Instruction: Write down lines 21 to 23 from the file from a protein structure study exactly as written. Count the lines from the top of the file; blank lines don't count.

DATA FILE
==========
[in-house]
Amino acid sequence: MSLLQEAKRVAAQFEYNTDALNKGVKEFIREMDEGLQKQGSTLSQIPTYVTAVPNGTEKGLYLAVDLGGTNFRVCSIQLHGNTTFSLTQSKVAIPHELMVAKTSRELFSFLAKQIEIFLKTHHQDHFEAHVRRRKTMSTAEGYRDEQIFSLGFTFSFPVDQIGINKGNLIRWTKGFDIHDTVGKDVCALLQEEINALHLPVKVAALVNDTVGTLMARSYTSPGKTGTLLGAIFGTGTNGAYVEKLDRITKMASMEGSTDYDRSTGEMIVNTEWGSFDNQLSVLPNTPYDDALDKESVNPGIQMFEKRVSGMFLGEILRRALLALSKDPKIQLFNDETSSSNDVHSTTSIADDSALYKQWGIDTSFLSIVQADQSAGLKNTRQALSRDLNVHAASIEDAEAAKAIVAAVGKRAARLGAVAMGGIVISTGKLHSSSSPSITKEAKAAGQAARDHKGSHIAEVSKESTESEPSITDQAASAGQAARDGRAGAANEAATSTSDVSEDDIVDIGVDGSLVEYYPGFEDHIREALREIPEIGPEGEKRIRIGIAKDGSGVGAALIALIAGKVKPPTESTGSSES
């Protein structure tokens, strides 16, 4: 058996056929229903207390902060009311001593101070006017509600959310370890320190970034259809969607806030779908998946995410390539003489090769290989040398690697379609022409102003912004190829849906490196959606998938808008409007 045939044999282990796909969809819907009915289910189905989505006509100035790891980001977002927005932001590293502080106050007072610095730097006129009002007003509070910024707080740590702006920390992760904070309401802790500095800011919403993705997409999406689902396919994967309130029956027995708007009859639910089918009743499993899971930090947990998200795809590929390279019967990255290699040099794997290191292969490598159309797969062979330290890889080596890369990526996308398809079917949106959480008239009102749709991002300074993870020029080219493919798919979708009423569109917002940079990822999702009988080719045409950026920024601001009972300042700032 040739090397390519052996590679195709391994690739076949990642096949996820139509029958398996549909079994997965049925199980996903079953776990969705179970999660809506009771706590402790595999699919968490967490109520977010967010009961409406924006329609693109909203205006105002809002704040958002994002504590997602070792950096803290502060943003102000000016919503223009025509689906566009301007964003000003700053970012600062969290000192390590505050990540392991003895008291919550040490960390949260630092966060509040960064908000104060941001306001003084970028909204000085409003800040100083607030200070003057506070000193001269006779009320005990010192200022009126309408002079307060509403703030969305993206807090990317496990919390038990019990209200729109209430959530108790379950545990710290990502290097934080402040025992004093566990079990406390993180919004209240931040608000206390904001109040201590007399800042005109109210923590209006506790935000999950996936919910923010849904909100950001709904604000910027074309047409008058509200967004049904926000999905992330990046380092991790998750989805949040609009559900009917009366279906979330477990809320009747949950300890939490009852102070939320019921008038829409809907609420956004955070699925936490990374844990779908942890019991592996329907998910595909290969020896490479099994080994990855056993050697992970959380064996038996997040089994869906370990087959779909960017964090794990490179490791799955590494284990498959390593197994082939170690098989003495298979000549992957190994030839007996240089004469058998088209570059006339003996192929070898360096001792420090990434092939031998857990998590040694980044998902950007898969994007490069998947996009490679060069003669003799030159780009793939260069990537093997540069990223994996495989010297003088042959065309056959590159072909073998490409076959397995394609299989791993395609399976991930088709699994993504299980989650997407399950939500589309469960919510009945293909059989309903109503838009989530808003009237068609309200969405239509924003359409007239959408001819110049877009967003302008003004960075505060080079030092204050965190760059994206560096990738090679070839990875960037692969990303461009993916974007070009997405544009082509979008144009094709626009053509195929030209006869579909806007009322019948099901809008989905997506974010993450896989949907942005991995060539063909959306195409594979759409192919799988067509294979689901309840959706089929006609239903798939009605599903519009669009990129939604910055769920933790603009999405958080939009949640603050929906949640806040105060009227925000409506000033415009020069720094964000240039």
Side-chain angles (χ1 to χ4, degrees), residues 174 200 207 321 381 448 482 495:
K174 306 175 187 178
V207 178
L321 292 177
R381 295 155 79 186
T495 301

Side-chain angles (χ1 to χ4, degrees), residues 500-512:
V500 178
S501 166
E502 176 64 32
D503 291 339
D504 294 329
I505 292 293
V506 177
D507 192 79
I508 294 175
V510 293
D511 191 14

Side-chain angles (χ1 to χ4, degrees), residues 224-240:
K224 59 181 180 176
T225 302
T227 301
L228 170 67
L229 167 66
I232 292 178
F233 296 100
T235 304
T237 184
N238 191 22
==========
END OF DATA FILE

D511 191 14

Side-chain angles (χ1 to χ4, degrees), residues 224-240:
K224 59 181 180 176